Where Does Value Come From

E. Tory Higgins, Columbia University
Recognizing that value involves experiencing pleasure or pain is critical to understanding the psychology of value. But hedonic experience is not enough. I propose that it is also necessary to recognize that strength of engagement can contribute to experienced value through its contribution to the experience of motivational force--an experience of the intensity of the force of attraction to or repulsion from the value target. The subjective pleasure/pain properties of a value target influence strength of engagement, but there are factors separate from the hedonic properties of the value target that also influence engagement strength and thus contribute to the experience of attraction or repulsion. These additional sources of engagement strength include using the right or proper means of goal pursuit and regulatory fit between the orientation and manner of goal pursuit. Implications of the contribution of engagement strength to value are discussed for judgment and decision making.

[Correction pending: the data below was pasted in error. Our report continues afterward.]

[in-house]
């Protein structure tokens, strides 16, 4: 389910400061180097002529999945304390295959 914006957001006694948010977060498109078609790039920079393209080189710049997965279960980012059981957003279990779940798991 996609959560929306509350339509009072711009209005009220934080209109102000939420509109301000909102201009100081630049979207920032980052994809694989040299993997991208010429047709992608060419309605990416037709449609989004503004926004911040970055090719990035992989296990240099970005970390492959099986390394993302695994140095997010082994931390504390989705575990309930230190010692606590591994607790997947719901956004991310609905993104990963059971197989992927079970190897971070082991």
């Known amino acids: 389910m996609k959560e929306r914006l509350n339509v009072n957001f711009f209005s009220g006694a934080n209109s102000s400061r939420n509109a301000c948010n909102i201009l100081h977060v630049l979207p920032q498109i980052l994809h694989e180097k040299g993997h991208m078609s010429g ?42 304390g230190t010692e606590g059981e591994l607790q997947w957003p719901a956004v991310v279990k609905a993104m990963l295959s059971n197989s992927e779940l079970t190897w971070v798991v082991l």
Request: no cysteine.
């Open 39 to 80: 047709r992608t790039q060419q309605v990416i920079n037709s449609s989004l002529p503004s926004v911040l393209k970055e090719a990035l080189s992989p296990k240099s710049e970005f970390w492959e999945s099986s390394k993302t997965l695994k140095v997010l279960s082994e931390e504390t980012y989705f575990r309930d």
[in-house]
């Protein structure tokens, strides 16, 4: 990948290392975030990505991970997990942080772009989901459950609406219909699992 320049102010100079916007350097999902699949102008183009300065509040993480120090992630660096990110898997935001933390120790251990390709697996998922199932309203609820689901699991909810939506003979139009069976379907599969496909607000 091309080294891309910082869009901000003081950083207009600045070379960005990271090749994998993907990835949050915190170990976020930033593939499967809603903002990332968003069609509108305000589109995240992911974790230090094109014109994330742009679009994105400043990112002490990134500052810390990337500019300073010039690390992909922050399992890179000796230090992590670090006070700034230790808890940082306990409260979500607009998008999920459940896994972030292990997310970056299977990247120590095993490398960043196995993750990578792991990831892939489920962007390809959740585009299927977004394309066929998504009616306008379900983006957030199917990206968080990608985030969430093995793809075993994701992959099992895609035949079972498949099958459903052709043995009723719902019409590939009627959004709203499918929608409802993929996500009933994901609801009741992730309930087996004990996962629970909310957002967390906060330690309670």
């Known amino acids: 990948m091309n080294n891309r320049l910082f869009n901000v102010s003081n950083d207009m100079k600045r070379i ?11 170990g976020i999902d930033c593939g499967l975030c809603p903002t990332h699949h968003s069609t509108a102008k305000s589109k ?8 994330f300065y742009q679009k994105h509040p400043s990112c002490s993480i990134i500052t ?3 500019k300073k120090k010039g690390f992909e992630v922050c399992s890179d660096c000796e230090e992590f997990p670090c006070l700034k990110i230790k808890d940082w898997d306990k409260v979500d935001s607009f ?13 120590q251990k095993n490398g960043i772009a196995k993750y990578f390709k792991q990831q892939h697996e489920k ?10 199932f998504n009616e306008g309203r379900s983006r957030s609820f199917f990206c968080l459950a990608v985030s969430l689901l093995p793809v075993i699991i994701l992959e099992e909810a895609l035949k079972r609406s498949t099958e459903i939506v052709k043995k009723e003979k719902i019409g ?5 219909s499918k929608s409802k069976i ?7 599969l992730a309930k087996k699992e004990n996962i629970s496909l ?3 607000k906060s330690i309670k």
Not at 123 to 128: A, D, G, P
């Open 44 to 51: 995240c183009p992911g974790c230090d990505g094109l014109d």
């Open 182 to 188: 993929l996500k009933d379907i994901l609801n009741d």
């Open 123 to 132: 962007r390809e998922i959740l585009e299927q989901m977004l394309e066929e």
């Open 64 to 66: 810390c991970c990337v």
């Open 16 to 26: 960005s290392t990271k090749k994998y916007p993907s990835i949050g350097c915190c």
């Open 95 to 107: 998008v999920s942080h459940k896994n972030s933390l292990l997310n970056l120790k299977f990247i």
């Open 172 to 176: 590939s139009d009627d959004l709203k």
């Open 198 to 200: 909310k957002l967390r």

[ to cite ]:
E. Tory Higgins (2008) ,"Where Does Value Come From", in NA - Advances in Consumer Research Volume 35, eds. Angela Y. Lee and Dilip Soman, Duluth, MN : Association for Consumer Research, Pages: 229-232.